During the IEEPO 2023 ‘Uniting in Action: Humanising Healthcare in Practice’ event a number of Action Hour Roundtable sessions took place featuring patient advocates from all over the world.
The overall event focused on inspiring the patient group representative community with tangible examples of action towards creating humanised, resilient and sustainable healthcare systems globally.
The Action Hour Roundtables took place in a range of languages, enabling patient group representatives to connect and share their experiences in understanding and utilising patient-generated health data.
x9 inspirational roundtables took place in x5 languages
In total, 110 participants attended the roundtables
82% of roundtable attendees found the sessions to be useful or very useful
Following the roundtables, attendees intend to engage in the following health data activities (among others):
“Building awareness” towards our patient community and other stakeholders on the importance of leveraging ‘patient data’ to benefit patients, healthcare systems and society.
“Using patient data” from our patient community to support activities like e.g. shaping health policy, Health Technology Assessments, Research & Innovation, healthcare process optimization, disease management, etc.
*feedback obtained from the post-event survey as analysed April 2023
Key insights from patient communities for patient communities as discussed during the roundtables on the use of data locally!
Collecting data and building registries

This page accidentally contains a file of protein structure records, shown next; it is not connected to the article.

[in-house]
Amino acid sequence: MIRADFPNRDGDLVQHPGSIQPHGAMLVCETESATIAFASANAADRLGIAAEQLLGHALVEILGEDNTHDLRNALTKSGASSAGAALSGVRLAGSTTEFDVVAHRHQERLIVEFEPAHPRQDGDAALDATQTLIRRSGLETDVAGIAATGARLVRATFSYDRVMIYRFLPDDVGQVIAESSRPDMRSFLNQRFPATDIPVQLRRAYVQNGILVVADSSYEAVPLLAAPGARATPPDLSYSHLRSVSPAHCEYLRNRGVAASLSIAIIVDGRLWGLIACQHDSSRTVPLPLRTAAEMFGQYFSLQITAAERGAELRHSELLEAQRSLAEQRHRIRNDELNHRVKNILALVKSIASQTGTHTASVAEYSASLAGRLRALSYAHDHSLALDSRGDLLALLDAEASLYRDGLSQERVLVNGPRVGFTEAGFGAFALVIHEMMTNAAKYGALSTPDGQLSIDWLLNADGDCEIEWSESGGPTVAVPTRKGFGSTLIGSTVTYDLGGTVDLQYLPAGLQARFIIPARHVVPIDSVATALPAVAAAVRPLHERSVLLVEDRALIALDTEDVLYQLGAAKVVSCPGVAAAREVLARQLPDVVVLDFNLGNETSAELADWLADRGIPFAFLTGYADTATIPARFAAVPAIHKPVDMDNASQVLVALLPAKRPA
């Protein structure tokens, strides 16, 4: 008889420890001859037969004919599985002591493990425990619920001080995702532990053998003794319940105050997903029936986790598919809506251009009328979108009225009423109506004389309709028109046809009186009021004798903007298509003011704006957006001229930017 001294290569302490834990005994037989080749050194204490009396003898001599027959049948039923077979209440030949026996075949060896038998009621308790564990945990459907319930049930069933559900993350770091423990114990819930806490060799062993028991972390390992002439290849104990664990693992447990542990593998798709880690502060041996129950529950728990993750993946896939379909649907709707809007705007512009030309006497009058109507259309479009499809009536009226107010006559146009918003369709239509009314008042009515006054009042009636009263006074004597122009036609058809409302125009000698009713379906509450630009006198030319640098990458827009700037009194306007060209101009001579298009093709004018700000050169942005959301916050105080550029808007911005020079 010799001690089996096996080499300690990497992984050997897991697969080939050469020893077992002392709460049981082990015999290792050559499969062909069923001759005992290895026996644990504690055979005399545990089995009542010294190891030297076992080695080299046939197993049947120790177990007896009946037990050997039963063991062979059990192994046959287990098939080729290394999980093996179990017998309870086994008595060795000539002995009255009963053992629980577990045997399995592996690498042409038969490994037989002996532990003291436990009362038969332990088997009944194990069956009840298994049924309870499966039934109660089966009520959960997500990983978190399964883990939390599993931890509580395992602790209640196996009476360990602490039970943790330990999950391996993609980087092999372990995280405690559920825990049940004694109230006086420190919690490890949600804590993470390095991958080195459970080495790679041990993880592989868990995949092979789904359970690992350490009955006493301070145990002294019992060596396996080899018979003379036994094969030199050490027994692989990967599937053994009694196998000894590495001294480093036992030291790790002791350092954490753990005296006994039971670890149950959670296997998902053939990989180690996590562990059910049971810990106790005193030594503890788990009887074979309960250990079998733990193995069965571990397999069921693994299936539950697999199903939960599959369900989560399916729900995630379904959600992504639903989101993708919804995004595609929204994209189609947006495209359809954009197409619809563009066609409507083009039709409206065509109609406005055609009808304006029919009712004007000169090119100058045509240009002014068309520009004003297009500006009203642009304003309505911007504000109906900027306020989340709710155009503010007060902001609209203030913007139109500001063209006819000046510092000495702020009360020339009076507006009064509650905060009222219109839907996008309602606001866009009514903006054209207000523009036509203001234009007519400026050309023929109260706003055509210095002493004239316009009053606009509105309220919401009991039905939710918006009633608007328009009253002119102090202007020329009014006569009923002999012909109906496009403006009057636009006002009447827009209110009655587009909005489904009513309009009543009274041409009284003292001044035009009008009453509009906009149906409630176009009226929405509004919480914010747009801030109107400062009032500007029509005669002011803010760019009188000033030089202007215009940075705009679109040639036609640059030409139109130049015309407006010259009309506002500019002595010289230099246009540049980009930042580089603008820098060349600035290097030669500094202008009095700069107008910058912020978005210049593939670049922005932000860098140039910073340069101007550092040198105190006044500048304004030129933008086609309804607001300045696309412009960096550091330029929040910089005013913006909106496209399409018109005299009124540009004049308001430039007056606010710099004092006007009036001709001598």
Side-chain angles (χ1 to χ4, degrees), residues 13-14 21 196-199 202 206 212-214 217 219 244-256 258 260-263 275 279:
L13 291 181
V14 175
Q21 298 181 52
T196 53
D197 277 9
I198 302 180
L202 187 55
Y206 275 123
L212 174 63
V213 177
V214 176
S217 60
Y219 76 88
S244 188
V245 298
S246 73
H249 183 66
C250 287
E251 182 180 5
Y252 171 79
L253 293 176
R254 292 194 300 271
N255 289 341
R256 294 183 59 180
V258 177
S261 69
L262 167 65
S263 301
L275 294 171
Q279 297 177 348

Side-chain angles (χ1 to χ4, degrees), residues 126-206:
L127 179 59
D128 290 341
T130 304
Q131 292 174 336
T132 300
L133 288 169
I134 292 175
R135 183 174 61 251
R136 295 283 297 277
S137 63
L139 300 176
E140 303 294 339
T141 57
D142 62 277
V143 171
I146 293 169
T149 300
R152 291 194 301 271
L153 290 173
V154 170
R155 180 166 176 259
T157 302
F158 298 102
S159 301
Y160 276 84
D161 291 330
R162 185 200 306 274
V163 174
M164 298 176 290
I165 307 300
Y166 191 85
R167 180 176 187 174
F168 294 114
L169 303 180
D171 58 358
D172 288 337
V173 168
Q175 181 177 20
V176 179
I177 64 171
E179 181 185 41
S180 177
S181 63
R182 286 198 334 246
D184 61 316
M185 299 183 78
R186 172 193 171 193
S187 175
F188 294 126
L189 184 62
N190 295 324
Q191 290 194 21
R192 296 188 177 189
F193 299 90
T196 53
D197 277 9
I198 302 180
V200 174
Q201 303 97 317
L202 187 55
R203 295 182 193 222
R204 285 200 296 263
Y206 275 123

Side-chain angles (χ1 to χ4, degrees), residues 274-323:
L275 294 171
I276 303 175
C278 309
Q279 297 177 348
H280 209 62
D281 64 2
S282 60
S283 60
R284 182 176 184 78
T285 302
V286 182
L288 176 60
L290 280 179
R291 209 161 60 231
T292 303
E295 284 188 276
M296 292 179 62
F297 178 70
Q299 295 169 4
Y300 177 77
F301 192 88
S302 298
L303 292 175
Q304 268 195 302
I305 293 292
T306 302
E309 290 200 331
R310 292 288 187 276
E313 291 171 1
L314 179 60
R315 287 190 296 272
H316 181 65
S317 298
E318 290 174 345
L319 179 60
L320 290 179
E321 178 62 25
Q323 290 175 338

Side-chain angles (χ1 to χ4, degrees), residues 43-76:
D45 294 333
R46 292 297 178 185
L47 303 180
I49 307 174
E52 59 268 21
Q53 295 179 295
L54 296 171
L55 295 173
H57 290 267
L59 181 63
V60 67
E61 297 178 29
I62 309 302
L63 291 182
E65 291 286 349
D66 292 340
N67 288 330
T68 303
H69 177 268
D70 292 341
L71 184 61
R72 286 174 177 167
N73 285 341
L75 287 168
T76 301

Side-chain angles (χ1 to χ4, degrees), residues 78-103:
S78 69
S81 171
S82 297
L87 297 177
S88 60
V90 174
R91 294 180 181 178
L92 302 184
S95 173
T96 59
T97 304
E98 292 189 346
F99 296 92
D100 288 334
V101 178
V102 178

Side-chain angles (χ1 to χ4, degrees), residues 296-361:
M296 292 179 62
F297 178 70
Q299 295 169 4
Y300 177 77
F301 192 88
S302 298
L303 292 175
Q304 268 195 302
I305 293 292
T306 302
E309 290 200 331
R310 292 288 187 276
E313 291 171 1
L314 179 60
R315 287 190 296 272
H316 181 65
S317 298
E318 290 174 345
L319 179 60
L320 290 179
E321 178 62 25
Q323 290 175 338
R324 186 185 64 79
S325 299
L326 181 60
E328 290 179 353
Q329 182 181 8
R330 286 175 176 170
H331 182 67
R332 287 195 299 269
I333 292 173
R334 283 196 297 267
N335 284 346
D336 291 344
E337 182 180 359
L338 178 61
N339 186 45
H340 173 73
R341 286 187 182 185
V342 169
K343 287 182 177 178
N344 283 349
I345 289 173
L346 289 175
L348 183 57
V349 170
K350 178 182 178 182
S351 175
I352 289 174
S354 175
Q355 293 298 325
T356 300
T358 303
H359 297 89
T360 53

If resources allow, connect apps with registries to increase collection of information
Rare disease organisations could focus on patient registries and cross country data to strengthen healthcare systems
Connect local registries with the global registries to see the bigger picture and better understand the information
Go to where the patient is to collect data - e.g. word of mouth, social networks, online groups etc.
In-person meetings are a good opportunity for data & insight collection in countries with low connectivity
When resource-short, tap into the resources of other organisations in the healthcare ecosystem, such as, academic institutions, NGOs, pharmaceutical companies, government agencies and healthcare providers
By building partnerships with pharma industries, patient communities could find support in order to reach a wide range of underserved groups to gather and develop insights
Data and trust
Train patients to become patient experts so they can represent the voice of the patient community in collaboration with other stakeholders. Training could be relevant on health data, ethical health principles, coping strategies for living with their disease, understanding of medicines research & development, speaking & presentation skills, and how to support the creation of patient-facing materials
Sharing the patient data experience can help to remove fear barriers and give people a better understanding of the power data can have and the respect it should be treated with
The power of data
Evidence-based advocacy can help to show policy makers the scale of the problem. Data collection can - and where possible should - be shared with governments to raise awareness on existing unmet needs of patient communities.
Artificial Intelligence can could support in ensuring better quality data
Data can be used to help design tailored support programmes for patients
The patient community referenced the following areas as potential AI platforms to help understand data
GPTBoss (https://www.gptboss.com/) It includes a "content spinner" that rewrites content into a standard American 3rd grade reading level
Ipsos, DYNATA, ENBLEMA, Health Story Lines - can support the collection and analysis of qualitat
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